UN rapporteur calls for end to criminal defamation laws

The United Nations special rapporteur for free expression Frank La Rue has called for the abolition of criminal defamation laws. Guatemalan lawyer La Rue also condemned the use of “national security” reasons to curb free expression:

In a report released today, LaRue comments:

The Special Rapporteur reiterates the call to all States to decriminalize defamation. Additionally, he underscores that protection of national security or countering terrorism cannot be used to justify restricting the right to expression unless it can be demonstrated that: (a) the expression is intended to incite imminent violence; (b) it is likely to incite such violence; and (c) there is a direct and immediate connection between the expression and the likelihood or occurrence of such violence.

Criminal defamation cases are frequently brought to silence criticism of authorities. Recent examples include actions brought against journalist Art Troitsky in Russia and anti death penalty campaigner Alan Shadrake in Singapore.

British author Alan Shadrake jailed in Singapore

The Singapore High Court has denied writer Alan Shadrake’s appeal against his six-week jail sentence.

Shadrake was convicted of “scandalising the judiciary” in November after he published “Once A Jolly Hangman” a book criticising the use of the death sentence in the city-state. The author was first arrested in July 2010 while on a book tour and subsequently released on bail. Singapore law considers statements that “interfere with the administration of justice” a criminal offense. The British writer, 76, still faces a separate charge of defamation.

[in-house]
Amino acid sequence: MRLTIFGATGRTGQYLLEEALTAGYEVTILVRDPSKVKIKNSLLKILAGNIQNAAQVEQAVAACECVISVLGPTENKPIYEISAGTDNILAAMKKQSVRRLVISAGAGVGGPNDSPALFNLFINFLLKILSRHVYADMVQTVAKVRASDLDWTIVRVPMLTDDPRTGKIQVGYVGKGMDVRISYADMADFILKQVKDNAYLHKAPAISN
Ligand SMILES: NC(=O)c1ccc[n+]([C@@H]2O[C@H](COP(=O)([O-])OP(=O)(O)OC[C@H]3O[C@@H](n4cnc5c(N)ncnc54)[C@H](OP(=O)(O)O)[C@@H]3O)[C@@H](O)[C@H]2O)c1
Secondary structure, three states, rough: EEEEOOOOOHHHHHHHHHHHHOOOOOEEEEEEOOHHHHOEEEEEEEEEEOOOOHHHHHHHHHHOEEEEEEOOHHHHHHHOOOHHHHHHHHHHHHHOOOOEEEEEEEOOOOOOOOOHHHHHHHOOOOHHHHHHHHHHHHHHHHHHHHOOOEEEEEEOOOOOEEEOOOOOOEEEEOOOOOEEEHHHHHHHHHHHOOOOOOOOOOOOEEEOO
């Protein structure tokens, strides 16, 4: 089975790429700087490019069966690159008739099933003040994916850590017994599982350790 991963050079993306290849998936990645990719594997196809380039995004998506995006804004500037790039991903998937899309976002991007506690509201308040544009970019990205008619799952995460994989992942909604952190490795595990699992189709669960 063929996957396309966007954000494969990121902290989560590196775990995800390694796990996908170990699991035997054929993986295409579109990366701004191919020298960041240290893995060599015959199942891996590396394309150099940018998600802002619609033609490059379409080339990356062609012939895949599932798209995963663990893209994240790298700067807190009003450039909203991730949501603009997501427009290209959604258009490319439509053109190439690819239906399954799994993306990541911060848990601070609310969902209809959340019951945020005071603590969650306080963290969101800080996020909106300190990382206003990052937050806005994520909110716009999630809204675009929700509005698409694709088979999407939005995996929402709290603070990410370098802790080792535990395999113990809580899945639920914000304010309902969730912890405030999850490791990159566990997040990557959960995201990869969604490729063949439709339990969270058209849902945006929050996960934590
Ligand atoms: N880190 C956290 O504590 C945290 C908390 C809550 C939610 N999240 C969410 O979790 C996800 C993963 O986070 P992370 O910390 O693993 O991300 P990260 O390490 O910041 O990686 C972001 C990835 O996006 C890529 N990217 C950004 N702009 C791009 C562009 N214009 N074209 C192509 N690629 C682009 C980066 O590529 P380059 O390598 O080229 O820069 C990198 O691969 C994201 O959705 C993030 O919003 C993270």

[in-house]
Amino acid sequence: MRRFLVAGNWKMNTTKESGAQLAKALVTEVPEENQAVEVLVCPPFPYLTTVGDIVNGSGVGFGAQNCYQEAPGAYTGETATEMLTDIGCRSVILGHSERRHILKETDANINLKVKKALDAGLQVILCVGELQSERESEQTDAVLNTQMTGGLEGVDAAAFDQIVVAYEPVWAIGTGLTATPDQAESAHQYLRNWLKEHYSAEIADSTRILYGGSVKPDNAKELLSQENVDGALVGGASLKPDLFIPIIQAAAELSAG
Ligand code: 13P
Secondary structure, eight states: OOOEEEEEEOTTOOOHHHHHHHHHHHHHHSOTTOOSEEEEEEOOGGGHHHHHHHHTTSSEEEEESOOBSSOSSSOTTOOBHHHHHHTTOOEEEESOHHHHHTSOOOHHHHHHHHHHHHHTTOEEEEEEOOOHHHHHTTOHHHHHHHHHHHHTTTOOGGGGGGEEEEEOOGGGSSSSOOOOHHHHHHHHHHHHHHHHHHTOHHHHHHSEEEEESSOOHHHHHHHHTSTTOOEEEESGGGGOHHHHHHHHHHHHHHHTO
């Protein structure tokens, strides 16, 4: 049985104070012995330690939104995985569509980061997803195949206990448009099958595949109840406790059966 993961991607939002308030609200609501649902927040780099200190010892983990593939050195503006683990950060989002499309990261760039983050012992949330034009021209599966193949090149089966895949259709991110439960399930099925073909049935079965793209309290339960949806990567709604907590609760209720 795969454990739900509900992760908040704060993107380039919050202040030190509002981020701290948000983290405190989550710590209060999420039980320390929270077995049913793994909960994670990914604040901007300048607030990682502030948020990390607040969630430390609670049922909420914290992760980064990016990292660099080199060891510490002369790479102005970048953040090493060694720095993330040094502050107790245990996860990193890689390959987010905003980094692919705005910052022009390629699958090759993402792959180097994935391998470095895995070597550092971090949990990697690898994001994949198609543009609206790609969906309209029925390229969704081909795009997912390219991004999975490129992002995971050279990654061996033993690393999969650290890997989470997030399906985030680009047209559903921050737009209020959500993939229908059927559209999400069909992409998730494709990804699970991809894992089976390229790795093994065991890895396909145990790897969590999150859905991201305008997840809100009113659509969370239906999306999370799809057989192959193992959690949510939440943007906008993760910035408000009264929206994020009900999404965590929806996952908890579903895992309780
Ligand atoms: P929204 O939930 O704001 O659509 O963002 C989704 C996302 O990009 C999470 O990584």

Singapore: British author appeals jail term

The British author Alan Shadrake, 76, has launched an appeal today (11 April) against a six-week jail sentence he received for scandalising Singapore’s judiciary. Shadrake was sentenced and fined last November after the Singapore High Court ruled that his book, Once a Jolly Hangman: Singapore Justice in the Dock, broke the city-state’s laws. The Attorney-General’s Chamber in Singapore had argued that the book damaged public perception of the judiciary.


Singapore: UK attorney general’s unusual court application over Shadrake

The Attorney General’s Office today made an unprecedented application for the court to remind Alan Shadrake of his right to seek leave of the court if he wants to leave Singapore. This implies that if his defence team applies for Shadrake to leave the jurisdiction, the prosecution would not contest it. Last Tuesday, he was sentenced to six weeks in prison for “scandalising the court” in his book Once A Jolly Hangman. Shadrake, who appealed the sentence last week, has said that he will consider the offer.